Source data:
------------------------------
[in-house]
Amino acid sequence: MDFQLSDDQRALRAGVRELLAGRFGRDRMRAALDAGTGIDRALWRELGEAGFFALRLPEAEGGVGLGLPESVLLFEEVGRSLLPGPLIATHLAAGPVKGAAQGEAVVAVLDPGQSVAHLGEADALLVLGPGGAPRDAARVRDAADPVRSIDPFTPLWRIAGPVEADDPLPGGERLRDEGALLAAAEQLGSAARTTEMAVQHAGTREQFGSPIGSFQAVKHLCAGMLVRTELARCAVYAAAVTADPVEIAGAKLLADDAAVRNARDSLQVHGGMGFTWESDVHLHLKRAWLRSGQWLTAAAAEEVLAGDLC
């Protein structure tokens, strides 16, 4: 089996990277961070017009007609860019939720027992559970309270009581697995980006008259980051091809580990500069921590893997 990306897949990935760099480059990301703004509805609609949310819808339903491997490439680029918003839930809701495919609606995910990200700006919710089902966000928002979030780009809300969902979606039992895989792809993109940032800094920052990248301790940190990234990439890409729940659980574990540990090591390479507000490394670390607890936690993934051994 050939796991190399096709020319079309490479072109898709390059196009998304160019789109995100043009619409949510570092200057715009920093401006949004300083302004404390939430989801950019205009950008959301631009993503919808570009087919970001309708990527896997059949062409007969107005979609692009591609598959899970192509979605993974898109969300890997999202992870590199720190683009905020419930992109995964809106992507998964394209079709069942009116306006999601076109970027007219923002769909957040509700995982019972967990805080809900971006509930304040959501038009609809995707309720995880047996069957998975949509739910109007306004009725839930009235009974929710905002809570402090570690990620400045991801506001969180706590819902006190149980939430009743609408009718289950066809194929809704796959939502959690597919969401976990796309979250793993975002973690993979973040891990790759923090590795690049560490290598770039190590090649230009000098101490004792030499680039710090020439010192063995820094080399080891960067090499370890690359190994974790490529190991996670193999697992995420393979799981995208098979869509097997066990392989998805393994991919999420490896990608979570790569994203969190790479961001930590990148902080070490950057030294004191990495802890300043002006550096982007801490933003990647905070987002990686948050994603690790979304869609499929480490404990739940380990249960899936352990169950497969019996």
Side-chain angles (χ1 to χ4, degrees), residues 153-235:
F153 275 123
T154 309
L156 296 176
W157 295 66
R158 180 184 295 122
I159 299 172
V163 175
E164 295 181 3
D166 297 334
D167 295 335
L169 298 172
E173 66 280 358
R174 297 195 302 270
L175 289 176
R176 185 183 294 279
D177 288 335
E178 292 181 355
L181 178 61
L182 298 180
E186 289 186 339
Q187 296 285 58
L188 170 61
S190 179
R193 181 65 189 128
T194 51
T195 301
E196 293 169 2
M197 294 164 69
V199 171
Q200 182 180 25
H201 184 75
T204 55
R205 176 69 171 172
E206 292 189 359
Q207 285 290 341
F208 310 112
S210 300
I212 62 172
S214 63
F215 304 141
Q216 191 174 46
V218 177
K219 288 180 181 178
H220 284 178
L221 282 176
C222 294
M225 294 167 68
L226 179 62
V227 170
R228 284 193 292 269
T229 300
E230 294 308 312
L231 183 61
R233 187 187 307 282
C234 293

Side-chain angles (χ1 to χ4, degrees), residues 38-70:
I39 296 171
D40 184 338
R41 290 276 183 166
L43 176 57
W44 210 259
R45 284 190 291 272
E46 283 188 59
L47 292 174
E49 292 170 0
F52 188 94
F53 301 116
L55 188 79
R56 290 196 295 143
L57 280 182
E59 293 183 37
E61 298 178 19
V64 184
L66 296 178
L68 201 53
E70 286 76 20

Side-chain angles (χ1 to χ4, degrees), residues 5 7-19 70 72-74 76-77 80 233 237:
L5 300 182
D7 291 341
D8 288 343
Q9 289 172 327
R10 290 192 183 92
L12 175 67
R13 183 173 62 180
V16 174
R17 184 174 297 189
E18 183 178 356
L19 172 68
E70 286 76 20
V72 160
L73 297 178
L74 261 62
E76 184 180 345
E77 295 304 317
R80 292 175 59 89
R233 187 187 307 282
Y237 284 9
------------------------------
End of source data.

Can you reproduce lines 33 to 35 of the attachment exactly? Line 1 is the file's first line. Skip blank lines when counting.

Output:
V199 171
Q200 182 180 25
H201 184 75